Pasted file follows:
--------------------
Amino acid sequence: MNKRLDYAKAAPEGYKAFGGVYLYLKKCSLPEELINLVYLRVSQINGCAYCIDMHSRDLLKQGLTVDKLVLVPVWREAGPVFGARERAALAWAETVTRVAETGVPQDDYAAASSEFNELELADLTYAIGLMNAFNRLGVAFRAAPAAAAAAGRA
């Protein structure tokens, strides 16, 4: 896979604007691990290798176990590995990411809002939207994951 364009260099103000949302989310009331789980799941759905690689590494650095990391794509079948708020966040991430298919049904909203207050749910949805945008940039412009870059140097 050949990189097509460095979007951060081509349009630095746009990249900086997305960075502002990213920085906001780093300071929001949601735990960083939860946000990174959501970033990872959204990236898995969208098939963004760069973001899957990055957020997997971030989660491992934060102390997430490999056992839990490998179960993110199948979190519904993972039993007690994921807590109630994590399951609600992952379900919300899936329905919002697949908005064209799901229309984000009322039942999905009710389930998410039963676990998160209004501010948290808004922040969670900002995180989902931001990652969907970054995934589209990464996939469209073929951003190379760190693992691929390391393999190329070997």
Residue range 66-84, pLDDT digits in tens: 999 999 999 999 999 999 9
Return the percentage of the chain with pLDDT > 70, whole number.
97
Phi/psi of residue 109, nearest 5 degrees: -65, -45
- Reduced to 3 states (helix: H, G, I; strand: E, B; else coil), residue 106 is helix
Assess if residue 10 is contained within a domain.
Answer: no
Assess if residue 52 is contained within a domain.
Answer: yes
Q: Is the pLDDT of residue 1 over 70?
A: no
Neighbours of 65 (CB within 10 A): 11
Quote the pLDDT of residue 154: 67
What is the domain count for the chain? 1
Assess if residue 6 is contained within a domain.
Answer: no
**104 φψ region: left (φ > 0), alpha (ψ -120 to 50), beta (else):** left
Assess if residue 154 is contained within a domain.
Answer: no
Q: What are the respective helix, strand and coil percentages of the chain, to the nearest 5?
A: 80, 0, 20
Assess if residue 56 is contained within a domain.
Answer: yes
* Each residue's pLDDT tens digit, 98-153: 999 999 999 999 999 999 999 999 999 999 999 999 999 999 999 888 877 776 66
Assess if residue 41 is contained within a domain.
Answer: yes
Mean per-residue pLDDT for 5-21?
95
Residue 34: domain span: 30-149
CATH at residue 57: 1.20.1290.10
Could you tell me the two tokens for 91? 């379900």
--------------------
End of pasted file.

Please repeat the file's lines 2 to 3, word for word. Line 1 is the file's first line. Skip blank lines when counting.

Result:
């Protein structure tokens, strides 16, 4: 896979604007691990290798176990590995990411809002939207994951 364009260099103000949302989310009331789980799941759905690689590494650095990391794509079948708020966040991430298919049904909203207050749910949805945008940039412009870059140097 050949990189097509460095979007951060081509349009630095746009990249900086997305960075502002990213920085906001780093300071929001949601735990960083939860946000990174959501970033990872959204990236898995969208098939963004760069973001899957990055957020997997971030989660491992934060102390997430490999056992839990490998179960993110199948979190519904993972039993007690994921807590109630994590399951609600992952379900919300899936329905919002697949908005064209799901229309984000009322039942999905009710389930998410039963676990998160209004501010948290808004922040969670900002995180989902931001990652969907970054995934589209990464996939469209073929951003190379760190693992691929390391393999190329070997």
Residue range 66-84, pLDDT digits in tens: 999 999 999 999 999 999 9